Asprey Workshop: Workshop Tour
Posted on November 01 2017
Going behind the scenes of one of London's most iconic silverware brands to discover how some of their most recognisable pieces are made.
Known across the globe as a manufacturer of luxurious jewellery, silverware, home accessories and leather goods, Asprey has a long and rich history that spans all the way back to 1781. Located on New Bond Street, I was invited to the workshops to meet with the designers and creators behind the impressive collections, discovering the intricate processes and level of skill that goes into every product before it makes its way to the store.
Walking through the store and passing the perfectly polished silverware on display, it can be hard to imagine the lengthy process that each piece has to go through before it is ready to be purchased. Located directly above the New Bond Street showroom is a collection of workshops where talented individuals design and craft the silverware, leather goods and jewellery that make up the Asprey collection. It is time to discover how these pieces are created.
With such complex and often intricate parts to many of the silverware designs, it is familiar practice to create a product in multiple sections which are later fused together to complete the final item. The first part of the tour showcased the polishing of several segments, from handles to casings that make up only a small part of a design. Some individuals may only ever work on a particular part of a product so it is imperative that each piece is created with exact precision so that it can be effortlessly connected to the next.
This idea that several people may have worked to create one single product is also a testament to the level of craftsmanship and skill that goes into an Asprey product, one that when you look closely, creates a story and journey of a product before it has even made it home.
The Pagoda Cocktail shaker was described and one of the most complex designs to craft due to its tapering shape, multiple segments and a wide range of angles used. As seen above, it was demonstrated just how many pieces needed to be added to the main body to develop the cocktail maker's shape before being polished and coloured enamel detailing added.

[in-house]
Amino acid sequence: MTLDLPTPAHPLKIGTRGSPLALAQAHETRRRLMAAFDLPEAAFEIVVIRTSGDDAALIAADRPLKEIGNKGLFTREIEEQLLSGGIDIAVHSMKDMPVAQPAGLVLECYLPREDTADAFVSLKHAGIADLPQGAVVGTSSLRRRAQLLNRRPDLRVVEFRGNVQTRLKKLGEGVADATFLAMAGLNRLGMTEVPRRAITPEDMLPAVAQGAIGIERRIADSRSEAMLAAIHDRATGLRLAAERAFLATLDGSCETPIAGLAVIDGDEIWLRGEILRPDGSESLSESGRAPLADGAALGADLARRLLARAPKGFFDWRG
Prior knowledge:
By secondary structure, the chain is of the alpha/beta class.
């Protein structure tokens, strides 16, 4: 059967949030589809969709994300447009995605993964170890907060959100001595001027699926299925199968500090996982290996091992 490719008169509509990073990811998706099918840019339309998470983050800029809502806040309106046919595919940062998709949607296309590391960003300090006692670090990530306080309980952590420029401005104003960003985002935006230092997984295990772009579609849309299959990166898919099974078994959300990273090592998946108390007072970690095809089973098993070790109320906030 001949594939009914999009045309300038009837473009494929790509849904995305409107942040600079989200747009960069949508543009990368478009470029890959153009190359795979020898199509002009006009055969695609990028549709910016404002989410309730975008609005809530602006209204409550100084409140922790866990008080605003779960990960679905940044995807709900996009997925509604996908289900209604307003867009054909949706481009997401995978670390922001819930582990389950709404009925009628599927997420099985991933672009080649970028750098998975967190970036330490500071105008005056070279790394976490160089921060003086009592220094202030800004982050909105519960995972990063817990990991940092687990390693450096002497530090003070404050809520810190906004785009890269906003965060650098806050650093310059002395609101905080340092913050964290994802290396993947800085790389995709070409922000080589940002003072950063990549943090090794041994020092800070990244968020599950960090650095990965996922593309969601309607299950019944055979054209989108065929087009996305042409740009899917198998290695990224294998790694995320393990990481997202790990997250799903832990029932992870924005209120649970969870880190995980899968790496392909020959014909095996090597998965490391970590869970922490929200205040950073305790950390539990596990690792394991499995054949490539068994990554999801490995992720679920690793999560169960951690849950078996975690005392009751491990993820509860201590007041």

When many people think of the Asprey brand, the animal head decanters come to mind. These iconic works of art have expanded over the years to include a huge range of animals from badgers to foxes and dogs. One of the most impressive discoveries was just how each animal comes to life in the workshop. Using drawings, photographs and measurements, each animal head starts life as a sculpted wax model. Details can be changed and scales can be manipulated before the final head goes into production, creating a mould for all future decanter stoppers to be cast from.
Moving into the leather workshops, I was mesmerised by the exotic skins, beautiful textures and extravagant colours on display across the room. The skins are used for creating a huge array of products available at Asprey, anything from a passport covers to keyrings, handbags and fashion accessories.
It was fascinating to see the processes that a hide can go through before it reaches the final stage. Some are coloured with vivid dyes whilst others are polished to produce a luxurious sheen. Depending on the type of leather and what pattern is produced, it will decide exactly where that section belongs in a design, such as a spine on a piece of shagreen will always be displayed centrally, meaning that multiple pieces may have to be used to create the desired look.
Matching cotton, embellishing and decorative touches are all carefully planned out to the finest detail, enabling a design to be crafted to the highest standard. Items can often be customised and the team has access to a wide range of additional finishes, materials and equipment to ensure that a product can be completed to the customer's full requirements, from a colour change to the inclusion of a loved one's initials.
Whilst many of us can pick up a beautiful creation and admire its design, quite often it is the small details and the hardest of work that can go unnoticed. This is the sign of the finest craftsmanship, one that would be immediately noticed if it was not there.
I would like to thank the team for sharing their time with me, sharing a side of the brand that is incredibly rare to see. For information on Asprey and to see the full range of products available, click to view the official website and online store via the link.